Even if you can’t get into stores for a heat-mold fit right now, though, the Forge is worth the investment for folks with fit issues. It’s built on an anatomical (foot-shaped) last for out-of-the-box comfort that you can always bake later. The Forge has a Vibram® Megagrip outsole that chews up trails and a TPU shank for enough stiffness to support heavy loads on long-haul days. Note: The Tecnica C.A.S. technology is also available in a low-cut hiker. Buy the Forge GTX here.


Shop All Hiking Boots 


Buying Advice

There are a few important components to consider when you’re buying a boot. You’ll want to know what the uppers, midsoles and outsoles are made of before you choose your pair.


Hiking Boot Uppers

A boot is typically constructed with synthetic or leather materials. Synthetic materials like polyester or nylon breathe well and weigh less, but they don’t have the same longevity as leather. On the other hand, many backpacking boots still use leather (often nubuck) for added durability and support. Leather also tends to mold to your foot after long-term use, giving you a sort of customized foot.

The upper itself isn’t what’s waterproof. If a boot is waterproof, it either has a sock-like waterproof bootie inside or, more likely, an invisible-to-you waterproof membrane or liner beneath the upper. That additional layer makes a boot significantly less breathable (and more expensive), so it may be unnecessary if you don’t hike in wet climates or plan to push your boots into winter use.


Hiking Boot Midsoles

Between a boot’s insole and outsole is—you guessed it—a midsole. The midsole provides cushioning and support and absorbs shock. It’s typically constructed of one of two materials: EVA or PU. EVA is a softer foam, so it feels comfy underfoot. That softness, though, means it doesn’t have the same durability as a firmer material. PU is less comfortable out of the box, but provides more support and rebound under heavy loads and lasts longer over time.

If a boot has a shank or rock plate, that rigid piece of plastic sits underneath the midsole. These plates will make a boot stiffer, both heel to toe and side to side. A stiff boot like this tends to be best for mountainous or steep terrain, where you can save energy by not overflexing your boot. This additional layer may also be strategically placed under the ball of your foot to protect from rock bruising.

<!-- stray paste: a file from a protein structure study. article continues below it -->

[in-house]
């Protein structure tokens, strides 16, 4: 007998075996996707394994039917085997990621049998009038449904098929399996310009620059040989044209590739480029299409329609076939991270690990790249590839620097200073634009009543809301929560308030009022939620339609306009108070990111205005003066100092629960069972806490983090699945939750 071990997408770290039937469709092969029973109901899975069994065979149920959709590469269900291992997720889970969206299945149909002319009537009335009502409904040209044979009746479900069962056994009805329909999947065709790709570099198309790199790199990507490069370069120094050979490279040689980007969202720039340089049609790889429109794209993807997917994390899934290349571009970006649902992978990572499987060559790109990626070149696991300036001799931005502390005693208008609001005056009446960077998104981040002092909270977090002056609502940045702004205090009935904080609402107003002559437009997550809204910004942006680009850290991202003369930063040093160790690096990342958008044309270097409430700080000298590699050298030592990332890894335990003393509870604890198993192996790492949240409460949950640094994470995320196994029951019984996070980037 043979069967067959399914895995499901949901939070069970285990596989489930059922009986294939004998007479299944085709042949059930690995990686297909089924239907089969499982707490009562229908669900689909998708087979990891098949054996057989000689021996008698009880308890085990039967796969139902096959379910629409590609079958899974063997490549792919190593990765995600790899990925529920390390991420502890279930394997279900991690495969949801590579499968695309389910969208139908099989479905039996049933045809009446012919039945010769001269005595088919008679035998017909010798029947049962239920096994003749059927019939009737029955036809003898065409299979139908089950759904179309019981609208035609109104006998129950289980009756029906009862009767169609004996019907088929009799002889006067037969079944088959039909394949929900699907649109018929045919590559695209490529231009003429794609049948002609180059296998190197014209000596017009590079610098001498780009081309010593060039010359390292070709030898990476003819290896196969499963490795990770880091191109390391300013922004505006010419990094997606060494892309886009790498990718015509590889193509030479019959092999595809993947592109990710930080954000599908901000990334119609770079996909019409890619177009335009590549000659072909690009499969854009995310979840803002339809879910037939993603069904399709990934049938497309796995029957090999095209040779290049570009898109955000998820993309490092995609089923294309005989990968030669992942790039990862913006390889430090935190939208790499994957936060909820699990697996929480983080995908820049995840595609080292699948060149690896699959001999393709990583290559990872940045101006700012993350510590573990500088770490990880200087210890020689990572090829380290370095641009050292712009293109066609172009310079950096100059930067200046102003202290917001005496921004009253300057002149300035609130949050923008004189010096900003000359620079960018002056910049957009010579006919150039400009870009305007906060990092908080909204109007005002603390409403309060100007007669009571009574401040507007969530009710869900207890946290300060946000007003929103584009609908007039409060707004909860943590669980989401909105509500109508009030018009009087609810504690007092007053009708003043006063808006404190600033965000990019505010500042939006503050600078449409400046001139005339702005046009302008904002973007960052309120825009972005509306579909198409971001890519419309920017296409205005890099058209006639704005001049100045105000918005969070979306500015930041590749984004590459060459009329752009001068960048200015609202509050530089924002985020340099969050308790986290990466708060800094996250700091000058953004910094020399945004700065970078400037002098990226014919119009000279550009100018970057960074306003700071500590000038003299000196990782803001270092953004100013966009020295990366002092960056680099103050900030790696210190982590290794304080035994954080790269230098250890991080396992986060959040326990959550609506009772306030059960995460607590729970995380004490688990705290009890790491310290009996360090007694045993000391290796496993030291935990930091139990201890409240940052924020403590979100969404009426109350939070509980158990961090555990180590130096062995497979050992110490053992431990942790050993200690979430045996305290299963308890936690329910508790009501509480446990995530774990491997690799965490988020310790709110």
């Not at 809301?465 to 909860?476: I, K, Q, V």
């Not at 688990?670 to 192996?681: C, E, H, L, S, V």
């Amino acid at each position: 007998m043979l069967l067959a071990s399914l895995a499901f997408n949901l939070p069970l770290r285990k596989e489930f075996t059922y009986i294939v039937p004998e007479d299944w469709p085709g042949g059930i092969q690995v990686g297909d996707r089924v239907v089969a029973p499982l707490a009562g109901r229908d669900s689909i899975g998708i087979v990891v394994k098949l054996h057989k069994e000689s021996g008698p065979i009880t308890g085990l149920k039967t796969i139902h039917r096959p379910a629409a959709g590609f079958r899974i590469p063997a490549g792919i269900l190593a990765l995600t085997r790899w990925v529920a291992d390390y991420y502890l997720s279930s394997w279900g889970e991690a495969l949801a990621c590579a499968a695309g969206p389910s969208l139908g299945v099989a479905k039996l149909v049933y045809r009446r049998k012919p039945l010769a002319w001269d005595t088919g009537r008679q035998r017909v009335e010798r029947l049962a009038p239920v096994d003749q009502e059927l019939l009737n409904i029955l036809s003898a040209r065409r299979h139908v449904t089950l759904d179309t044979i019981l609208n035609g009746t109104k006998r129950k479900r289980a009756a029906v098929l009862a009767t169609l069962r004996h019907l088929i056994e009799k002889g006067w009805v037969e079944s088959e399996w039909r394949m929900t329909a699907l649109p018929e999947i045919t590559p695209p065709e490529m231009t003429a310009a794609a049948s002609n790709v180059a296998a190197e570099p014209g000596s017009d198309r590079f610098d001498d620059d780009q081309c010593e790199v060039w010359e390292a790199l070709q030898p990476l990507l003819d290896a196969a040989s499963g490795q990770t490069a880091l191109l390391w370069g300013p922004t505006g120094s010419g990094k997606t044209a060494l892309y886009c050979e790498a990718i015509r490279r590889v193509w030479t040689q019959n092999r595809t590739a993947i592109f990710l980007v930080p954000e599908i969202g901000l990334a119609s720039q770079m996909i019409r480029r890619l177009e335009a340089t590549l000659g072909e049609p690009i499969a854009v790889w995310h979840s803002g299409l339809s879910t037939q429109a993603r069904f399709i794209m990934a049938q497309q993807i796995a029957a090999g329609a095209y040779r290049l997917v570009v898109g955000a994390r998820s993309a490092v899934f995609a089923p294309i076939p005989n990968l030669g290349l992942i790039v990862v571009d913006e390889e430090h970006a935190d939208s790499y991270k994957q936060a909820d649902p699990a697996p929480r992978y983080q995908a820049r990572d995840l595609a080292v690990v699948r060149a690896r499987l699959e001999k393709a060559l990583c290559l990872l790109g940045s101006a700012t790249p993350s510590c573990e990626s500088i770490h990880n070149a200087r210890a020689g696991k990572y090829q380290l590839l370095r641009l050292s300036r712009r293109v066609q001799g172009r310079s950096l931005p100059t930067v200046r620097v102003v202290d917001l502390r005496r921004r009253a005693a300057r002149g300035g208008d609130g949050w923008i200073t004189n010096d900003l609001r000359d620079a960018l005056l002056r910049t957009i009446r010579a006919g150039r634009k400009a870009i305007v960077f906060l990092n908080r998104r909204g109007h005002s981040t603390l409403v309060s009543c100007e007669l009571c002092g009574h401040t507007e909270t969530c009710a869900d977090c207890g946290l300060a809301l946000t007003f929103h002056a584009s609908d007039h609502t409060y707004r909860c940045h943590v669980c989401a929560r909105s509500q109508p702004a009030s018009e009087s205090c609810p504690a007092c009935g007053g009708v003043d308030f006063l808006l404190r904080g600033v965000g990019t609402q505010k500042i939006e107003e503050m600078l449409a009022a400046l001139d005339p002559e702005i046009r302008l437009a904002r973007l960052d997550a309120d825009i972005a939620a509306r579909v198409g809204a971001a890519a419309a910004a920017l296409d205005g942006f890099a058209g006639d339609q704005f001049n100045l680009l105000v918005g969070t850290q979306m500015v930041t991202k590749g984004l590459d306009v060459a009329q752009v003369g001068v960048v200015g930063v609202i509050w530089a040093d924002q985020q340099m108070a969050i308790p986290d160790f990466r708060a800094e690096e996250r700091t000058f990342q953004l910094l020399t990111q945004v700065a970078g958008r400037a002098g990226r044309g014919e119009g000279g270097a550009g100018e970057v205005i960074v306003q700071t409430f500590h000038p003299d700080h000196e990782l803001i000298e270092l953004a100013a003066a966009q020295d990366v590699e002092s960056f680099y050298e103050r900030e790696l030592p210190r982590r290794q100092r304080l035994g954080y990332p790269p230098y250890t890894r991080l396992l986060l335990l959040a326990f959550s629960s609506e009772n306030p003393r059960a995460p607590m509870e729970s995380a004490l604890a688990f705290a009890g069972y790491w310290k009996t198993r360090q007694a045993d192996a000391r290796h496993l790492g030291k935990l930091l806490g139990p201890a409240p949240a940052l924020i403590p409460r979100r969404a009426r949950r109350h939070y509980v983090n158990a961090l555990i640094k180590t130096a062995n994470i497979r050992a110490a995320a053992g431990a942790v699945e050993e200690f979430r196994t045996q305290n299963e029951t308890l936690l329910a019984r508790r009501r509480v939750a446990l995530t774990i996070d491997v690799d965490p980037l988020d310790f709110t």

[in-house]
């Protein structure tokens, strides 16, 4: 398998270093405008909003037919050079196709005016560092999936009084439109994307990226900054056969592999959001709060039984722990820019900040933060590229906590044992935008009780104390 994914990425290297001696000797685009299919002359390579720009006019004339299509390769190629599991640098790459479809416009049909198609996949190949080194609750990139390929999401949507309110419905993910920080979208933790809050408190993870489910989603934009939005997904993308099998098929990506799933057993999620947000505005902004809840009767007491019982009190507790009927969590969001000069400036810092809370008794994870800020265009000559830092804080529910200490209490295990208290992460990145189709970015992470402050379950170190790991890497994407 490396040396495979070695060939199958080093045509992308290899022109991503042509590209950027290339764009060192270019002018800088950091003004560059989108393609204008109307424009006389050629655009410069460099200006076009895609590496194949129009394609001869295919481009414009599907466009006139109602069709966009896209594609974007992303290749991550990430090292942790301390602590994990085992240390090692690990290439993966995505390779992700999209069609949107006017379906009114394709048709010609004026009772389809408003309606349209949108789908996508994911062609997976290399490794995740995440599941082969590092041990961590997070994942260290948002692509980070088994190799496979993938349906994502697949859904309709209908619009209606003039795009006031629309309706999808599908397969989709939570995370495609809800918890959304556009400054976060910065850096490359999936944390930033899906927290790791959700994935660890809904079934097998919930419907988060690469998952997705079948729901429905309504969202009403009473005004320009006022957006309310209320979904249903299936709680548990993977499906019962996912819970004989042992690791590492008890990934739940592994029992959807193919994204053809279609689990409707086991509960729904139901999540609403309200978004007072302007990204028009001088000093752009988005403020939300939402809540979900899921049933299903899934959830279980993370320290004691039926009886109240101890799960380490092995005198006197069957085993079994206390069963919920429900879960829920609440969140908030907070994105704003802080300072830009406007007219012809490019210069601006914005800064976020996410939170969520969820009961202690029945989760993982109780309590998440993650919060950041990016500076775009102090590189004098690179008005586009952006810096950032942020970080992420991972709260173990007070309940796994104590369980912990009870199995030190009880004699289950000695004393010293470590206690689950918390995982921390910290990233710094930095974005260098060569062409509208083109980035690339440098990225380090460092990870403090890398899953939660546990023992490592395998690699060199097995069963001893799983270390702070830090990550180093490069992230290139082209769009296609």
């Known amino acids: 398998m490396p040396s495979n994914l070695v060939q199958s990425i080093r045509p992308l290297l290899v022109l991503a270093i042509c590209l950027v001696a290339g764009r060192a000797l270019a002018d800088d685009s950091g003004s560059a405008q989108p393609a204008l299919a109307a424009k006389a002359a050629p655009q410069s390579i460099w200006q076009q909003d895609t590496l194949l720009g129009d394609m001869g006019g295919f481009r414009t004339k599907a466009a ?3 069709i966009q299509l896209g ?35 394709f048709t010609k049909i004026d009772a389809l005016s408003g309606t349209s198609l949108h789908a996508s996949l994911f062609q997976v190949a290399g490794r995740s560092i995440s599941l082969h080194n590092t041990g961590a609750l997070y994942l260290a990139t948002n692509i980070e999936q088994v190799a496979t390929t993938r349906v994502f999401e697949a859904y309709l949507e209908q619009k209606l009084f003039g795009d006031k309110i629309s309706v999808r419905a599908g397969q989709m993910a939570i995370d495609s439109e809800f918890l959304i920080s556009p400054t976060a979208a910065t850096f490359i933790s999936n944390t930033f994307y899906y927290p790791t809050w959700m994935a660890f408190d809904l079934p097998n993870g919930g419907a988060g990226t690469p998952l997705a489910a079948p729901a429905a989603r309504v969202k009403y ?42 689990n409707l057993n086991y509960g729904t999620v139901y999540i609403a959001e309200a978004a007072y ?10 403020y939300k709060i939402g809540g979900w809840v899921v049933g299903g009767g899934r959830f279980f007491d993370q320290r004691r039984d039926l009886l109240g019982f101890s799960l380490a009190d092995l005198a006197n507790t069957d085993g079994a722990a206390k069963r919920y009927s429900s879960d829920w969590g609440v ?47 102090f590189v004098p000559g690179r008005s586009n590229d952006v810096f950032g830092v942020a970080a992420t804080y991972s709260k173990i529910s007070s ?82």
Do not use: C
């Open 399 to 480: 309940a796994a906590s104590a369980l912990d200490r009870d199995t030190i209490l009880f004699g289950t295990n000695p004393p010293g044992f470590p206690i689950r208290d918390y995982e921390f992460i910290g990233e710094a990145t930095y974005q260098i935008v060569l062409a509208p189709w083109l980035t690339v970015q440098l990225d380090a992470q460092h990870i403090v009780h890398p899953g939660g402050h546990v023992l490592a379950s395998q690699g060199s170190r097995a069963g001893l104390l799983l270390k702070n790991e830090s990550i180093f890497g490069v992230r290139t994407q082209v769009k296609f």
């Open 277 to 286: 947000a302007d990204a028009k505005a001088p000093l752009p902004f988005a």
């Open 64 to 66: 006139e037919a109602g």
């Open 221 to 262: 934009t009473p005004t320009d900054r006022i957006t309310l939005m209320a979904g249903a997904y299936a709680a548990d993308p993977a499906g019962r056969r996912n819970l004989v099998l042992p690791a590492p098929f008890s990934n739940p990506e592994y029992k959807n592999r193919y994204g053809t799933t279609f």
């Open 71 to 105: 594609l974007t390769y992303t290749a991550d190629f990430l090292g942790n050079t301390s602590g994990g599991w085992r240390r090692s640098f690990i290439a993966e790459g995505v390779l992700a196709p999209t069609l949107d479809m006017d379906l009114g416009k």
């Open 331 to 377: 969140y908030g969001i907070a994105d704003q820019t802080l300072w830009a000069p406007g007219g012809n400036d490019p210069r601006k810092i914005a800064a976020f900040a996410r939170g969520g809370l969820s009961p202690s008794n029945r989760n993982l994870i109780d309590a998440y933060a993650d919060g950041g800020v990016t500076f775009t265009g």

Hiking Boot Outsoles

Whether you’re hiking across streams, up scree-covered slopes or through flower-filled meadows, you want to stay on your feet. You stay on your feet thanks to your rubber outsole. Traction comes from your outsole’s lugs—those oddly shaped bumps on the bottom of your boots. Deep, angular lugs (4mm or more) tend to offer the best grip while shedding debris. A “heel brake” is either an extension on the back end of the outsole or an area on the heel where the lugs are more pronounced—it gives you more control when heel-stepping and reduces your chances of sliding on descents.

Softer rubber is stickier, while harder rubber has a longer life span. Climbing shoes often use the softest rubbers, but those won’t hold up trail after mud-caked trail. That’s why most hiking boots use a medium-sticky rubber compound, whether from Vibram® or proprietary like Oboz and Salomon.


Learn More: How to Choose Hiking Boots 



REI Co-op’s editorial staff and crew of member-testers have a lot of opinions when it comes to gear, so we polled them: What are the best hiking boots that you can find at REI? They reported back with dozens of makes and models (and a few tales of twisted ankles and subcutaneous blisters). Some shoes received multiple nods and rave recommendations—these seven hiking boots are just those.


Article by Heather Balogh Rochfort. Heather is a freelance writer and author specializing in the outdoors and adventure travel, particularly as they apply to women and families. Her organization WildKind educates and empowers families to find their wild. As a lifelong Colorado resident, Heather loves Type-II fun above treeline where the sun is hot and the oxygen depleted. Things she does not like: rock climbing. REI member since 2008.